How to accurately carry out the process of serial dilution

How to accurately carry out the process of serial dilution


  • Post By : Kumar Jeetendra

  • Source: Microbioz India

  • Date: 30 Mar,2023

In serial dilution, a solute is diluted from a high concentration to a low concentration in a series of solutions. In the fields of microbiology and biochemistry, this technique is frequently employed to reduce sample concentrations to levels at which individual cells or molecules can be isolated and studied.

What is serial dilution:

In the lab, one of the most frequent methods is called “serial dilution,” and its purpose is to create a variety of dilutions from a single stock solution.

In this step of the process, you will measure out a fixed amount of the starting solution and pour it into a fresh container that already contains a fixed amount of the diluent (usually water or buffer solution). After the resultant solution has been carefully mixed to ensure that it is homogenous, a portion of this solution is taken out and transferred to the following container, which already has the same volume of diluent as the previous one. This procedure is carried out a number of times in order to produce a succession of dilutions with progressively lower concentrations.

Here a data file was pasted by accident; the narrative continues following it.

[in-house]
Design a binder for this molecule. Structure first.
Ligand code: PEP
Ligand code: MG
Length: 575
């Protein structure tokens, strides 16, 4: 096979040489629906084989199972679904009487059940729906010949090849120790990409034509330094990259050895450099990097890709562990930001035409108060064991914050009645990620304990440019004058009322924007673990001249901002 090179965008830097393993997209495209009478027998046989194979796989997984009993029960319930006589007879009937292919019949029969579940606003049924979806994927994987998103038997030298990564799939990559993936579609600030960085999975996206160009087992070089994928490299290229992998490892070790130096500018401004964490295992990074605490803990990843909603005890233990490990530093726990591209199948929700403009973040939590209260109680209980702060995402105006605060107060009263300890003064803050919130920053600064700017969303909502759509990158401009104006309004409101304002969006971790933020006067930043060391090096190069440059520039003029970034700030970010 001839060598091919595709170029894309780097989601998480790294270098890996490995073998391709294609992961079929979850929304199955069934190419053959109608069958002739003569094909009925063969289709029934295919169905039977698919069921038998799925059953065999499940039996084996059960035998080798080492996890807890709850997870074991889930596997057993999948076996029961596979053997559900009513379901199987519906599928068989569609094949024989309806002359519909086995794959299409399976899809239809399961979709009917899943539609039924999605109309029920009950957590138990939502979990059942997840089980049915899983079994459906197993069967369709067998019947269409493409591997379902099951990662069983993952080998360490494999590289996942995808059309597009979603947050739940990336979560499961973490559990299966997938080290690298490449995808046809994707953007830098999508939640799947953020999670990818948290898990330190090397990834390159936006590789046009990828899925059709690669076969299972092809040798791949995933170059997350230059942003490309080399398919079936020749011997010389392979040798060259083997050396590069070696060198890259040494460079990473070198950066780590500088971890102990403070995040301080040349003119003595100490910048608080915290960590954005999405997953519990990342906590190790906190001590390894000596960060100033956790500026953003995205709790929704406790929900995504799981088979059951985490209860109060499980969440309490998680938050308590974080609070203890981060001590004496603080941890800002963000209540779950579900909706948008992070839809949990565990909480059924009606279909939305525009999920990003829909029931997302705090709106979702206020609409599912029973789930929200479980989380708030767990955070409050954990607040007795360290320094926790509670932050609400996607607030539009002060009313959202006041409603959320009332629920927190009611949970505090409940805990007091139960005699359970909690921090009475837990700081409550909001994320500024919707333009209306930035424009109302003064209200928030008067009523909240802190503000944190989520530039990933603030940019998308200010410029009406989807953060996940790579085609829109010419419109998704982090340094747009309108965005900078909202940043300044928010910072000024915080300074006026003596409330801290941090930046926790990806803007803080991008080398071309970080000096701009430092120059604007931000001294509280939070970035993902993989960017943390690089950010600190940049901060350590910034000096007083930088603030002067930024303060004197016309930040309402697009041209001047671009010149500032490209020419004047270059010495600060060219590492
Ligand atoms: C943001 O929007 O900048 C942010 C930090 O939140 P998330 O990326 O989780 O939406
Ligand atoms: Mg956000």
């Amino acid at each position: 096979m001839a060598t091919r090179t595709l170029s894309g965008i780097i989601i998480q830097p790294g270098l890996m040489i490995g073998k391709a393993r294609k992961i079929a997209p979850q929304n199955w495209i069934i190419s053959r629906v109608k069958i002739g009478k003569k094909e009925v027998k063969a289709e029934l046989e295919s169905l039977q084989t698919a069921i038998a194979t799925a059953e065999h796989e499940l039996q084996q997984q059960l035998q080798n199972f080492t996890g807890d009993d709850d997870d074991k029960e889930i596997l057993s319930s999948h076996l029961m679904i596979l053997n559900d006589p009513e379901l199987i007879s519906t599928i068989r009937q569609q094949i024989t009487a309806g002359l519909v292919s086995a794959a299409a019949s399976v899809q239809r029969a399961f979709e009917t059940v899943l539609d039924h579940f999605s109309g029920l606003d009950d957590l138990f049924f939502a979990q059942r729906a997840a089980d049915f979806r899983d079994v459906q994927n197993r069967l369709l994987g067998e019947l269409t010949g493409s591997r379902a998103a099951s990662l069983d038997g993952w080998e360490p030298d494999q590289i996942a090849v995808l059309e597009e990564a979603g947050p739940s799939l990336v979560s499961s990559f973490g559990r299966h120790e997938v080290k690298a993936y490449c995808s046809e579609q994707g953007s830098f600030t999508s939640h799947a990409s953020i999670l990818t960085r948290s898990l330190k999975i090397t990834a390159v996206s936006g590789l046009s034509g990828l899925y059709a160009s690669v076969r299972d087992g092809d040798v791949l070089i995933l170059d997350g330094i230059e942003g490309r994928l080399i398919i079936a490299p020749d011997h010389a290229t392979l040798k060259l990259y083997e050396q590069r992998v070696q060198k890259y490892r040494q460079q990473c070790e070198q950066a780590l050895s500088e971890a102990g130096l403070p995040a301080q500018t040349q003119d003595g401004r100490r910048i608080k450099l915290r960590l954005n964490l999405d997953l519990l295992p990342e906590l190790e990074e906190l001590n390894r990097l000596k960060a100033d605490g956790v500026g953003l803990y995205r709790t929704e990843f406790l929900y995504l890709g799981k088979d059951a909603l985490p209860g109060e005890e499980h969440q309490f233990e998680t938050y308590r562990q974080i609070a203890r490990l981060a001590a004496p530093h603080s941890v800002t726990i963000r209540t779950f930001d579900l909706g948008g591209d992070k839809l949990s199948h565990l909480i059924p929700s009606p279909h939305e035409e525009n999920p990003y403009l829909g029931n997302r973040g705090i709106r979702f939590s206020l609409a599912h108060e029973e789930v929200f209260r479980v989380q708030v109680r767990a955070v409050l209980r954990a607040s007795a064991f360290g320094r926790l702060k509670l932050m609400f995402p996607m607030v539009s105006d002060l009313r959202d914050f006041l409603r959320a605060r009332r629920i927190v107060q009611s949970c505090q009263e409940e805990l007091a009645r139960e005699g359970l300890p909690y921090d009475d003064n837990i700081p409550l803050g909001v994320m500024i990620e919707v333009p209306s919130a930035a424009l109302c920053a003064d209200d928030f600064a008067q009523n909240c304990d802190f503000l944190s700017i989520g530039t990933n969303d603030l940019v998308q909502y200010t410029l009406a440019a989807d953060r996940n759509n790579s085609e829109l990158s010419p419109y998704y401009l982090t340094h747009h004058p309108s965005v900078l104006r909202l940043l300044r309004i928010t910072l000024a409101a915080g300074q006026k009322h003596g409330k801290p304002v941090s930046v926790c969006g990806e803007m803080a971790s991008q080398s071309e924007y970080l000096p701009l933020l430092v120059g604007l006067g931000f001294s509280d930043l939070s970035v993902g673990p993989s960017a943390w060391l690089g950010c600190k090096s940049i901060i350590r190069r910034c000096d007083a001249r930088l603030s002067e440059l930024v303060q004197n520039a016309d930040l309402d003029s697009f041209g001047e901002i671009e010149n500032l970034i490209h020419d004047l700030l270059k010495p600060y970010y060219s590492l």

For instance, if you have a stock solution of 10 mM and you want to prepare a series of 10-fold dilutions, you could take 1 mL of the stock solution and combine it with 9 mL of diluent to produce a solution that has a concentration of 1 mM. This would be the first step in the preparation of the dilutions. After that, take 1 millilitre of the solution that is 1 millimolar and mix it with 9 millilitres of diluent to make a solution that is 0.1 millimolar, and so on.

How to do serial dilution:

Here are some tips to help you perform serial dilution effectively:

  1. To prevent contamination at each stage of the dilution process, use a pipette that has been thoroughly cleaned and is sterile.
  2. To prevent any misunderstandings, ensure that each well or tube is labelled with the appropriate dilution factor.
  3. Put your dilution series together in an order that makes sense, such as going from the highest concentration to the lowest concentration or vice versa.
  4. Ensure that the solution is well mixed after each stage of dilution to confirm that the correct concentration has been reached.
  5. Ensure that the tip of the pipette corresponds to the volume that is being transferred. For example, when transferring 1 ml of solution, use a pipette tip that is rated for 1 ml.
  6. To avoid the risk of cross-contamination, you should avoid touching the edges of the tubes or wells when you are transferring solutions.
  7. To confirm that the diluent you are using does not affect the results of your experiment, use a control that is blank.
  8. If you are working with a stock solution that is extremely concentrated, it is possible that you will need to undertake numerous stages of dilution in order to acquire the dilution factor that you require.
  9. As a last step, make certain that you document all of the stages of the serial dilution in your lab notebook. This should include the volumes as well as the concentrations of each successive dilution.

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